Counting the cost of the Sydney Metro

The latest warning over the impacts of the Sydney Metro currently under construction on the rest of the city’s rail network doesn’t say anything particularly new. What makes it special however is that it was written not by committed lobby groups or disgruntled academics but rather by some of the state’s most senior and respected former transport executives. More importantly it lays bare the mounting costs of the obsession of successive state governments with the metro concept.

According to the Fairfax article the analysis (obtained by Labor under freedom-of-information laws) was actually completed as a submission in July 2015 by a group including Ron Christie, former State Rail Authority CEO, John Brew, a former State Rail chief executive, Bob O’Loughlin, a former State Rail director of rail safety and operations and Dick Day, a former head of planning and timetables at RailCorp. According to the article their submission warns that the metro plans “will result in ‘degradation of the robustness and reliability’ of Sydney’s existing heavy rail network, and ‘ultimately lead to the total network becoming gridlocked and unworkable’”.

This is because the conversion of the Bankstown line for metro operation will diminish the network’s capacity, removing a “relief valve for the network” and leaving “no escape route”. In addition, the authors claim that the line “will do nothing to relieve” the bottleneck at Strathfield where Western and Northern line trains merge.

They authors state that the $17 billion cost of the metro would have been money better spent on improving the existing rail network and that there is likely to a “voter backlash” to the new single-deck trains which will provide significantly fewer seats than double-deck trains (and fewer proportionally than any of the other Australasian CBD metro projects currently under construction). Continue reading

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Sydney West Metro and Parramatta Light Rail revisited

Last year I outlined some of the route options for the Sydney Metro West following an NSW Government announcement of the project that was extremely short on detail. Earlier this year I also examined the decision to build Parramatta Light Rail in stages, taking a close look at the proposed route for stage 1 and indulging in some speculation on the likely stage 2 route.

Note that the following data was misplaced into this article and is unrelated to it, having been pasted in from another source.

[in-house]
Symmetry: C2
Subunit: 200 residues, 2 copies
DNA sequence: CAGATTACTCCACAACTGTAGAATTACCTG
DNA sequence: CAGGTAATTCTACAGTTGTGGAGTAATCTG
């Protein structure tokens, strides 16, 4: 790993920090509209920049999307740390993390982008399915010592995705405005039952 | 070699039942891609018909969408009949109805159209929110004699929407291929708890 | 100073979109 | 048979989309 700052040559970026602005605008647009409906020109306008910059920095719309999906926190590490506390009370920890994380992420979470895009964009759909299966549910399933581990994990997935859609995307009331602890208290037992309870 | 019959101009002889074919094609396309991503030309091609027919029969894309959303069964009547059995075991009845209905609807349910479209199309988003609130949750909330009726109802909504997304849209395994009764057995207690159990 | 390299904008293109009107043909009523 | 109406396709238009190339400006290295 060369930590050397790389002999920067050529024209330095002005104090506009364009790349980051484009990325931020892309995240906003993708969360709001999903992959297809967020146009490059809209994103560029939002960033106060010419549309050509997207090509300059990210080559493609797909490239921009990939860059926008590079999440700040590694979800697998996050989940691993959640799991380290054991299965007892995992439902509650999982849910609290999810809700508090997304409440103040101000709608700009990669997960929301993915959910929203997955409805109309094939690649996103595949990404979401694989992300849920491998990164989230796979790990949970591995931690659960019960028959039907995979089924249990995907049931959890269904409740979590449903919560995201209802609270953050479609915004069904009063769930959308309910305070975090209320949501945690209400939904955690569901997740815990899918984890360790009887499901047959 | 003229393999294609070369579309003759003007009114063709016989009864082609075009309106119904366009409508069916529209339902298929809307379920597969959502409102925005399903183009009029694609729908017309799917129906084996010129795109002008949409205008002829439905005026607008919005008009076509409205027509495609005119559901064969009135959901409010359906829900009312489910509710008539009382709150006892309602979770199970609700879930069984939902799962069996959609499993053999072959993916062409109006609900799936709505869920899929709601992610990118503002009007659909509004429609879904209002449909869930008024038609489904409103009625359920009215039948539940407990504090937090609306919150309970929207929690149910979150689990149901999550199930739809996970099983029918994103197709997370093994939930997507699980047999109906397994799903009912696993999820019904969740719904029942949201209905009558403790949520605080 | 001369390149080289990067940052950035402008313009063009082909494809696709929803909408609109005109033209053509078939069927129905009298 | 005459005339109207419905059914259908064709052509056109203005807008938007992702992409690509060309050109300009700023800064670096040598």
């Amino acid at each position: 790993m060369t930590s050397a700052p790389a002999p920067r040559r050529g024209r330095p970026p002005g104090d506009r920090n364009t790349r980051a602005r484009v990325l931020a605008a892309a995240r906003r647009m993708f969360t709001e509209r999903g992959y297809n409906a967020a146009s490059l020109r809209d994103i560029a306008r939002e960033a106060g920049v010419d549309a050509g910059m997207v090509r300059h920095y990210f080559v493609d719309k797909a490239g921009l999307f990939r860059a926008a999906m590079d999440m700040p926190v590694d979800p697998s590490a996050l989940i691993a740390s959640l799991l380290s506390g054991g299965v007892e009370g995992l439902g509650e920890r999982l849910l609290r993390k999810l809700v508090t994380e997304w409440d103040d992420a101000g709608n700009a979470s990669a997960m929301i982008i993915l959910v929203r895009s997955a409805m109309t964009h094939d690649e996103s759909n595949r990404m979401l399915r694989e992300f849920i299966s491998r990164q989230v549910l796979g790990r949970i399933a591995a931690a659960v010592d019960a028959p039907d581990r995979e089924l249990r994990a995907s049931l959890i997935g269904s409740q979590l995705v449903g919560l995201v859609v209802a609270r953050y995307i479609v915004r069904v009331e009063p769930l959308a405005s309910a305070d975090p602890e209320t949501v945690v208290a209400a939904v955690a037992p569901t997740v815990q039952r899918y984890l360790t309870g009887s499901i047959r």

I thought I would revisit both sets of articles following a recent government announcement about the preferred route for the latter – and a leak last month of a Cabinet paper which suggests the choice of route options has narrowed for the former. This article also examines the relationship between these projects. Continue reading

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Back to the Future? – Sydney Region Plan and Transport Strategy (part 1)

For anyone who has been involved with metropolitan planning in Sydney for any length of time there is a whiff of familiarity surrounding the release by the Greater Sydney Commission and Transport for NSW of a suite of documents outlining a vision for the city’s next 40 years.

This is not just because the draft Greater Sydney Region Plan (GSRP) and the Future Transport Strategy (FTS) join a long line of planning strategies that stretches back nearly 70 years to the 1948 County of Cumberland plan. They also are the latest entrants in an ongoing and never entirely settled debate about the spatial nature of the city and the number and designation of major centres of activity outside the CBD, especially in Western Sydney.

The acknowledgement of the need to support such centres started patchily and belatedly in the 1960s and 70s with the then largely symbolic recognition of Parramatta as the city’s second CBD. The twin horses of suburban growth and car dependency had already bolted and the notion that this designation would require the substantial reallocation of resources to actually mean something took a while to catch on. Continue reading

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Parramatta Road: light rail shelved but is “intermediate transit” still on the table?

A $150,000 contract let to consulting and services firm GHD in May this year suggests that the NSW government is still pursuing “major public transport initiatives” along Parramatta Road, despite media reports that it has scrapped detailed plans for a light rail line from Burwood to Sydney’s CBD.